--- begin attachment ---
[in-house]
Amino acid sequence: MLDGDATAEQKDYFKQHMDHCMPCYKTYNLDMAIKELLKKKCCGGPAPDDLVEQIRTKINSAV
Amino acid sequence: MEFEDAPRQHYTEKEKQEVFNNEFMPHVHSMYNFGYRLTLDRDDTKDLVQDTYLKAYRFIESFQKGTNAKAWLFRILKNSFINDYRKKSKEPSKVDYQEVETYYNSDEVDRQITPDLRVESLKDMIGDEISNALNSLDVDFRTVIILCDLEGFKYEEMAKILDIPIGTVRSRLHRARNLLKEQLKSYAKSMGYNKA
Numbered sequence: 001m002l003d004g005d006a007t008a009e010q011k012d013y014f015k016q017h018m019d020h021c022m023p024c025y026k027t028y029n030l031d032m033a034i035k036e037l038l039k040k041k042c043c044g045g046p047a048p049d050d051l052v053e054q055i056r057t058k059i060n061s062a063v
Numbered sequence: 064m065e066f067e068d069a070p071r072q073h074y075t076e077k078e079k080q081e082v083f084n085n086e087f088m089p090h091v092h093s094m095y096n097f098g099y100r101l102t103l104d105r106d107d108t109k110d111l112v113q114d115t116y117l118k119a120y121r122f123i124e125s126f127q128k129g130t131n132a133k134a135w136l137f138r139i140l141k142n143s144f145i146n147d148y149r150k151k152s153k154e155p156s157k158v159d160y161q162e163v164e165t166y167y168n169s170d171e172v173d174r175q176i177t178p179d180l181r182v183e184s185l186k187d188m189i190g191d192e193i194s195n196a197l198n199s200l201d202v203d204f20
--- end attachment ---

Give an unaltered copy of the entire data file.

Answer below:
[in-house]
Amino acid sequence: MLDGDATAEQKDYFKQHMDHCMPCYKTYNLDMAIKELLKKKCCGGPAPDDLVEQIRTKINSAV
Amino acid sequence: MEFEDAPRQHYTEKEKQEVFNNEFMPHVHSMYNFGYRLTLDRDDTKDLVQDTYLKAYRFIESFQKGTNAKAWLFRILKNSFINDYRKKSKEPSKVDYQEVETYYNSDEVDRQITPDLRVESLKDMIGDEISNALNSLDVDFRTVIILCDLEGFKYEEMAKILDIPIGTVRSRLHRARNLLKEQLKSYAKSMGYNKA
Numbered sequence: 001m002l003d004g005d006a007t008a009e010q011k012d013y014f015k016q017h018m019d020h021c022m023p024c025y026k027t028y029n030l031d032m033a034i035k036e037l038l039k040k041k042c043c044g045g046p047a048p049d050d051l052v053e054q055i056r057t058k059i060n061s062a063v
Numbered sequence: 064m065e066f067e068d069a070p071r072q073h074y075t076e077k078e079k080q081e082v083f084n085n086e087f088m089p090h091v092h093s094m095y096n097f098g099y100r101l102t103l104d105r106d107d108t109k110d111l112v113q114d115t116y117l118k119a120y121r122f123i124e125s126f127q128k129g130t131n132a133k134a135w136l137f138r139i140l141k142n143s144f145i146n147d148y149r150k151k152s153k154e155p156s157k158v159d160y161q162e163v164e165t166y167y168n169s170d171e172v173d174r175q176i177t178p179d180l181r182v183e184s185l186k187d188m189i190g191d192e193i194s195n196a197l198n199s200l201d202v203d204f20